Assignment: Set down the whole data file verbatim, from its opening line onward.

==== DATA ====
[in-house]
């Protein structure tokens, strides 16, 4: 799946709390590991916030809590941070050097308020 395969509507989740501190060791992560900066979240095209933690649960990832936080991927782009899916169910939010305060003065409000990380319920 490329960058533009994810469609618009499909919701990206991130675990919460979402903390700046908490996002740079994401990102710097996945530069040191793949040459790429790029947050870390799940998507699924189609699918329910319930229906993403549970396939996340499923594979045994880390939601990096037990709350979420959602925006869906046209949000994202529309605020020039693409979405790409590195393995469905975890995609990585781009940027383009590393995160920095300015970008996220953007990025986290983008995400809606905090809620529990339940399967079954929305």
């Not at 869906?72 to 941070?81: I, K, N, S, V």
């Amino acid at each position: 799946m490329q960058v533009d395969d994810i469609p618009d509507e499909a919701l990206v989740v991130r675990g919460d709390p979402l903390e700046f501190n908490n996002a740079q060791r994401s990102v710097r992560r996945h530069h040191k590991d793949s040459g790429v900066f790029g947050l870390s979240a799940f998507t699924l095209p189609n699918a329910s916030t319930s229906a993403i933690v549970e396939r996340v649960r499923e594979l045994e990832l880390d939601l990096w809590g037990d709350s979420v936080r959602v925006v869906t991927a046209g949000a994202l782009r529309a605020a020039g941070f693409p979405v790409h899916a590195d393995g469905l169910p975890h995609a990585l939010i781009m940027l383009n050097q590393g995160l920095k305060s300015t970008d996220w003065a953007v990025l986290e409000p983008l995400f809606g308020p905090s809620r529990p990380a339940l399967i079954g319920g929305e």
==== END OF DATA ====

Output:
[in-house]
């Protein structure tokens, strides 16, 4: 799946709390590991916030809590941070050097308020 395969509507989740501190060791992560900066979240095209933690649960990832936080991927782009899916169910939010305060003065409000990380319920 490329960058533009994810469609618009499909919701990206991130675990919460979402903390700046908490996002740079994401990102710097996945530069040191793949040459790429790029947050870390799940998507699924189609699918329910319930229906993403549970396939996340499923594979045994880390939601990096037990709350979420959602925006869906046209949000994202529309605020020039693409979405790409590195393995469905975890995609990585781009940027383009590393995160920095300015970008996220953007990025986290983008995400809606905090809620529990339940399967079954929305």
């Not at 869906?72 to 941070?81: I, K, N, S, V």
């Amino acid at each position: 799946m490329q960058v533009d395969d994810i469609p618009d509507e499909a919701l990206v989740v991130r675990g919460d709390p979402l903390e700046f501190n908490n996002a740079q060791r994401s990102v710097r992560r996945h530069h040191k590991d793949s040459g790429v900066f790029g947050l870390s979240a799940f998507t699924l095209p189609n699918a329910s916030t319930s229906a993403i933690v549970e396939r996340v649960r499923e594979l045994e990832l880390d939601l990096w809590g037990d709350s979420v936080r959602v925006v869906t991927a046209g949000a994202l782009r529309a605020a020039g941070f693409p979405v790409h899916a590195d393995g469905l169910p975890h995609a990585l939010i781009m940027l383009n050097q590393g995160l920095k305060s300015t970008d996220w003065a953007v990025l986290e409000p983008l995400f809606g308020p905090s809620r529990p990380a339940l399967i079954g319920g929305e």